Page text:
Time Out says
As Trump spoils for whatever fight he can find, former New York Times war reporter Chris Hedges’s appalled characterization of “the psychosis of permanent war” strikes a resonant chord in Johan Grimonprez’s unforgettable new video, | blue orchids |. Constructed around two chilling interviews—one with Hedges, the other with former arms dealer Riccardo Privitera—the 48-minute piece examines the sustaining role of commerce in global conflict. Cutting between the twin encounters and a reconstruction of Hamas leader Mahmoud Al-Mabhouh’s 2010 assassination, | blue orchids| illustrates with stunning effectiveness that killing is a business—and a perennially lucrative one.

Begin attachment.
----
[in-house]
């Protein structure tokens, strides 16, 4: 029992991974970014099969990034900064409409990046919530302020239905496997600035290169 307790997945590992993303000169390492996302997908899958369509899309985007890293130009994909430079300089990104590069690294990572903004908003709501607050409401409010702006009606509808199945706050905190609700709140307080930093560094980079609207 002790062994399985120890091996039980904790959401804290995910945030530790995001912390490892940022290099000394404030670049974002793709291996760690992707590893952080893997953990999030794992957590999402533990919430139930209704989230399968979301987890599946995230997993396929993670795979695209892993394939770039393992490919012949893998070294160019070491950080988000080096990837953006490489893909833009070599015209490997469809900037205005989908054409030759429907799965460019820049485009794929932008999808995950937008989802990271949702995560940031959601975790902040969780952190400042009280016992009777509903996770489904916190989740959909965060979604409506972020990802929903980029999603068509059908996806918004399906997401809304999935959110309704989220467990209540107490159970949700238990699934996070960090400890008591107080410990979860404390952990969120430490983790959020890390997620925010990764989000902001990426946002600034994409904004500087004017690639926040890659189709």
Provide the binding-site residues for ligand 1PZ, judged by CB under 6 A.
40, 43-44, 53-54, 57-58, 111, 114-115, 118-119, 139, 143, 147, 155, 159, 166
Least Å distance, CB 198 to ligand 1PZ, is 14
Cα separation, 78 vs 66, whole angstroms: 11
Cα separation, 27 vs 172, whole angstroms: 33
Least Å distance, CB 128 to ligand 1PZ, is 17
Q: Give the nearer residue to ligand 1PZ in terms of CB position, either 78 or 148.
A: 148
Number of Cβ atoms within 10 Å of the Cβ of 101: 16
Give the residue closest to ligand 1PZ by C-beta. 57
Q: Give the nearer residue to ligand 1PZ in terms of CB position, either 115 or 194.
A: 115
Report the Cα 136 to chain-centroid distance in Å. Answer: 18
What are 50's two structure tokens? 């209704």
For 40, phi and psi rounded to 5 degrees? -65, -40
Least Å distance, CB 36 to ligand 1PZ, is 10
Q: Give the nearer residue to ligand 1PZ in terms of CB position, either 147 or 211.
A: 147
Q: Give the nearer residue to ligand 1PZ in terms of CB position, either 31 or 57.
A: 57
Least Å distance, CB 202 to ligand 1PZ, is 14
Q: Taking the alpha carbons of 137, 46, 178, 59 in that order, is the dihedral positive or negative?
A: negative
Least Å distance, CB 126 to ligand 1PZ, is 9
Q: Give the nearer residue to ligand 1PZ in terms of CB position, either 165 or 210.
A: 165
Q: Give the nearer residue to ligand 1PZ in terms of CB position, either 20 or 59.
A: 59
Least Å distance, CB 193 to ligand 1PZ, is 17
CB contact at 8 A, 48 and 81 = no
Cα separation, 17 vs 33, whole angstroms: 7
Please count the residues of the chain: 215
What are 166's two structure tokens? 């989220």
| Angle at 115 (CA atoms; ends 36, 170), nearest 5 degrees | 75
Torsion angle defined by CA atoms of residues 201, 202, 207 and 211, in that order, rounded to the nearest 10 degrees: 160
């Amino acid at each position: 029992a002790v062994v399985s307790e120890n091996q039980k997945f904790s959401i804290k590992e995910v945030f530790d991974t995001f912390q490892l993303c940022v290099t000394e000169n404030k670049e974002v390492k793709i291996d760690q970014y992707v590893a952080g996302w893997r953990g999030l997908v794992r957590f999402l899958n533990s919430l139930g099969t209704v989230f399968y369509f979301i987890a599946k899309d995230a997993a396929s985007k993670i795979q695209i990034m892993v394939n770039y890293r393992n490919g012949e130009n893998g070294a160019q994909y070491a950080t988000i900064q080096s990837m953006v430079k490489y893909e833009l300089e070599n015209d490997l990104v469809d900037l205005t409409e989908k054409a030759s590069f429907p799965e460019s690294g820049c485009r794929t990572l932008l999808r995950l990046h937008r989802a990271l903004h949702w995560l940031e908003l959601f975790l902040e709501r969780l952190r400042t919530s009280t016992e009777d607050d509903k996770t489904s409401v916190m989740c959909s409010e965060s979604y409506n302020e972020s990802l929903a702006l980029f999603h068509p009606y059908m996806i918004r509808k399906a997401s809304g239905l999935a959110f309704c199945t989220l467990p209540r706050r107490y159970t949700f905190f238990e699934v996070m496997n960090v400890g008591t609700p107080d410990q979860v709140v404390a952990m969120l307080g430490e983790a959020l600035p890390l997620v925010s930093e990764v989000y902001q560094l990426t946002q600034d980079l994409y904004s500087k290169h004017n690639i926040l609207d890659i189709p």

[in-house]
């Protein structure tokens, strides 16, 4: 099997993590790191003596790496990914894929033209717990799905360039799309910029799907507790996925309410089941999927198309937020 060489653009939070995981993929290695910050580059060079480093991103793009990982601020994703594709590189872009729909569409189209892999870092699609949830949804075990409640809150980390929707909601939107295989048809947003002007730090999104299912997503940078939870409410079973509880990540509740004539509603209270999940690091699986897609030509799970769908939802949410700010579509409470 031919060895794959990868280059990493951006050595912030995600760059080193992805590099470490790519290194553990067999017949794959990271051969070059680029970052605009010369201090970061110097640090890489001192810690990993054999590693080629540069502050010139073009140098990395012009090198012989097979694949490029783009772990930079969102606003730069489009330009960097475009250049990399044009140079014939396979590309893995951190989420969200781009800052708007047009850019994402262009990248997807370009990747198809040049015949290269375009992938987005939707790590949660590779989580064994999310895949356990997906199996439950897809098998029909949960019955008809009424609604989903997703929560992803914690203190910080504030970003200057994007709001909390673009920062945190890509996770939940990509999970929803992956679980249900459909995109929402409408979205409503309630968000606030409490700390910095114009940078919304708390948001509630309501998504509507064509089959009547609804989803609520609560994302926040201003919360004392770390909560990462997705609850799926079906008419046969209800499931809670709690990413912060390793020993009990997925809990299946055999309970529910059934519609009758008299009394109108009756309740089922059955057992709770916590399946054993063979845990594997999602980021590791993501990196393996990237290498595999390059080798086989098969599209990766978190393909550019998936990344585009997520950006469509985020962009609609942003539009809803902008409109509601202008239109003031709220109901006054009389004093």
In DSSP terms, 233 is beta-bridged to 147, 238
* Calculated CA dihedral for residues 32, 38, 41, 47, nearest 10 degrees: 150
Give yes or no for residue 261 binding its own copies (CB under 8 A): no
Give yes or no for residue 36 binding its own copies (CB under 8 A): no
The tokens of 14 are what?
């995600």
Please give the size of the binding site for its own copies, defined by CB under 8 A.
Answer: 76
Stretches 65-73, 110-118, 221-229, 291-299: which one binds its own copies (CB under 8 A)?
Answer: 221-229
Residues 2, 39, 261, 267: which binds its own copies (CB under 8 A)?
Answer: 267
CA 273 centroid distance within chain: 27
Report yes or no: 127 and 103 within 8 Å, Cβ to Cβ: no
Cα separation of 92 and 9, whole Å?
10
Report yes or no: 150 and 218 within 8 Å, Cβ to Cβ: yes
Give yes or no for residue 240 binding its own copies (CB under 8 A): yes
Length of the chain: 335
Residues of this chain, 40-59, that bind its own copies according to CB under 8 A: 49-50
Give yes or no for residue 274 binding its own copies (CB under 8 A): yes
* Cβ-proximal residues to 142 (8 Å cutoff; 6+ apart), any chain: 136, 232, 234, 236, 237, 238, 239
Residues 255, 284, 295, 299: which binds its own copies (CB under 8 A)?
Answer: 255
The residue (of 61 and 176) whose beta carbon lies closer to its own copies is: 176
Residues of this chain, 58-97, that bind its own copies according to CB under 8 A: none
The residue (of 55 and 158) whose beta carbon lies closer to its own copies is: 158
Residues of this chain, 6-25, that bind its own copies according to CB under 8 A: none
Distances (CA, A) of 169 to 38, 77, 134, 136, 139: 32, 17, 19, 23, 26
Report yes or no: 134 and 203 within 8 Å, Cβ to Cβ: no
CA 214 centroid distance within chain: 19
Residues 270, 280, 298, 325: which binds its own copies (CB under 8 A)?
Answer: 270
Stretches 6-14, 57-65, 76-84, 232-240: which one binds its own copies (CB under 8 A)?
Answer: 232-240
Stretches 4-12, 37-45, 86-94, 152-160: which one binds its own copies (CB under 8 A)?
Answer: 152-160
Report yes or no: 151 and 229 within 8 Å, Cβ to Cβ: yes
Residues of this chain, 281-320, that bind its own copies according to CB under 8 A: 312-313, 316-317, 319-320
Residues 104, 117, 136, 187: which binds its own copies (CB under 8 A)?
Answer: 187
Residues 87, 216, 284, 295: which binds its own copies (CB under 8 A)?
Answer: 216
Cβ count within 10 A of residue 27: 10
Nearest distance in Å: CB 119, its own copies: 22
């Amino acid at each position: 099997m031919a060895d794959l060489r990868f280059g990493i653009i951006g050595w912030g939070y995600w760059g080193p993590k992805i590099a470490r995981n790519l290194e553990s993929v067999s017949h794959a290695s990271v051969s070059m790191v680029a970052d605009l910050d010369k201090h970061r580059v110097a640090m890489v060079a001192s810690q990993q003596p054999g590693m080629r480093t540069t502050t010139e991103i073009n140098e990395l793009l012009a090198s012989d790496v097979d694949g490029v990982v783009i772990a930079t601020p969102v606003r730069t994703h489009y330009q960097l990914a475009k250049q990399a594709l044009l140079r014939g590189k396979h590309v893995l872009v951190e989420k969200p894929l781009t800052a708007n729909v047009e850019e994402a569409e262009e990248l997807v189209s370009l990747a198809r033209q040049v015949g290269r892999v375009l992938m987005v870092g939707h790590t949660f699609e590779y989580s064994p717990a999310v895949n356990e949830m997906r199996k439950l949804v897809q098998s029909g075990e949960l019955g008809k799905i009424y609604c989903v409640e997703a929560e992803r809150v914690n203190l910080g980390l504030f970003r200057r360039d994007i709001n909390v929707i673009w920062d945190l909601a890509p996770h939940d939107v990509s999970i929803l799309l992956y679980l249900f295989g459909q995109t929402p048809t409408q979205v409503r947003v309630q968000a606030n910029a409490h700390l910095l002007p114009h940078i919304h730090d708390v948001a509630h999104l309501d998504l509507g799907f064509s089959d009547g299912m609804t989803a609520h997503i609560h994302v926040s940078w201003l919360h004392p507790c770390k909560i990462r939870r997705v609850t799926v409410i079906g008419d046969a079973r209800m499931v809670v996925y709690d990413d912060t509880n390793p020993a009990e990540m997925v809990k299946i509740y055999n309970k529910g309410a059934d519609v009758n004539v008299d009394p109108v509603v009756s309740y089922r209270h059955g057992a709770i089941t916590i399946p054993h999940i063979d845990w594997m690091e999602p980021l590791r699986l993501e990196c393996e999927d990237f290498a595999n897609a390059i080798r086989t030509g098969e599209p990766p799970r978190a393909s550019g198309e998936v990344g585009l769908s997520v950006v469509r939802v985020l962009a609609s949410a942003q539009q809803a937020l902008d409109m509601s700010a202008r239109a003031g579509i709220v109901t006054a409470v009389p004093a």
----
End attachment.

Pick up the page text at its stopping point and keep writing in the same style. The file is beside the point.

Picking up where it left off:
The work is entirely on-brand for Grimonprez, who made his name with 1997’s Dial H-I-S-T-O-R-Y, a brilliant subjective analysis of airplane hijacking as interpreted by television news. It’s also a near impossible act to follow, so a shorter video screening directly after—Raymond Tallis | on tickling—is thoroughly upstaged. But while it feels less urgent than its predecessor, the second film is stimulating nonetheless, with the titular philosopher-neurologist framing the phenomenon that people cannot tickle themselves, only each other, as an emblem of the role relationships play in the formation of identity. After the horrors of | blue orchids|, Raymond Tallis seems touchy-feely and abstract, but it’s none the worse for that.